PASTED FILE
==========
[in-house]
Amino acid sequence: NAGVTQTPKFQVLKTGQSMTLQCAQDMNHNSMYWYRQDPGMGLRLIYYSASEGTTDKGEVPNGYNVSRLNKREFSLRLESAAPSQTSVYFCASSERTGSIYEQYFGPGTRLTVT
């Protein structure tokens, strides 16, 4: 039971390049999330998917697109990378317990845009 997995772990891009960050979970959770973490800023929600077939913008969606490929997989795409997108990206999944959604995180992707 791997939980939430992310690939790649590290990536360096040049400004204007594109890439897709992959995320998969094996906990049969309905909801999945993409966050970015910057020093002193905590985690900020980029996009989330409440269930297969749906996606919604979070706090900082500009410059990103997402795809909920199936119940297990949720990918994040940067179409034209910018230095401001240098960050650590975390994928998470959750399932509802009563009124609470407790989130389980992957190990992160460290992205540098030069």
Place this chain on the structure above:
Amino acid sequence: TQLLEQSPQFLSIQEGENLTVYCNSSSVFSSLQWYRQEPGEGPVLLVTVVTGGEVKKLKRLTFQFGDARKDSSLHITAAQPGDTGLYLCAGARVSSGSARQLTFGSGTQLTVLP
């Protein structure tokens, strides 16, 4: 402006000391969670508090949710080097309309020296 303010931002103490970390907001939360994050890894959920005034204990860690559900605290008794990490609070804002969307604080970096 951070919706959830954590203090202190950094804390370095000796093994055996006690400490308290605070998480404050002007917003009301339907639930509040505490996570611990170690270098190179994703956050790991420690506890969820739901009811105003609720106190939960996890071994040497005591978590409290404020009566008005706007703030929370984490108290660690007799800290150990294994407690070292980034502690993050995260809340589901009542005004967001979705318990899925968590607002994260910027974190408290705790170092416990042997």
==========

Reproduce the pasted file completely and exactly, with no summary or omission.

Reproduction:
[in-house]
Amino acid sequence: NAGVTQTPKFQVLKTGQSMTLQCAQDMNHNSMYWYRQDPGMGLRLIYYSASEGTTDKGEVPNGYNVSRLNKREFSLRLESAAPSQTSVYFCASSERTGSIYEQYFGPGTRLTVT
């Protein structure tokens, strides 16, 4: 039971390049999330998917697109990378317990845009 997995772990891009960050979970959770973490800023929600077939913008969606490929997989795409997108990206999944959604995180992707 791997939980939430992310690939790649590290990536360096040049400004204007594109890439897709992959995320998969094996906990049969309905909801999945993409966050970015910057020093002193905590985690900020980029996009989330409440269930297969749906996606919604979070706090900082500009410059990103997402795809909920199936119940297990949720990918994040940067179409034209910018230095401001240098960050650590975390994928998470959750399932509802009563009124609470407790989130389980992957190990992160460290992205540098030069």
Place this chain on the structure above:
Amino acid sequence: TQLLEQSPQFLSIQEGENLTVYCNSSSVFSSLQWYRQEPGEGPVLLVTVVTGGEVKKLKRLTFQFGDARKDSSLHITAAQPGDTGLYLCAGARVSSGSARQLTFGSGTQLTVLP
């Protein structure tokens, strides 16, 4: 402006000391969670508090949710080097309309020296 303010931002103490970390907001939360994050890894959920005034204990860690559900605290008794990490609070804002969307604080970096 951070919706959830954590203090202190950094804390370095000796093994055996006690400490308290605070998480404050002007917003009301339907639930509040505490996570611990170690270098190179994703956050790991420690506890969820739901009811105003609720106190939960996890071994040497005591978590409290404020009566008005706007703030929370984490108290660690007799800290150990294994407690070292980034502690993050995260809340589901009542005004967001979705318990899925968590607002994260910027974190408290705790170092416990042997």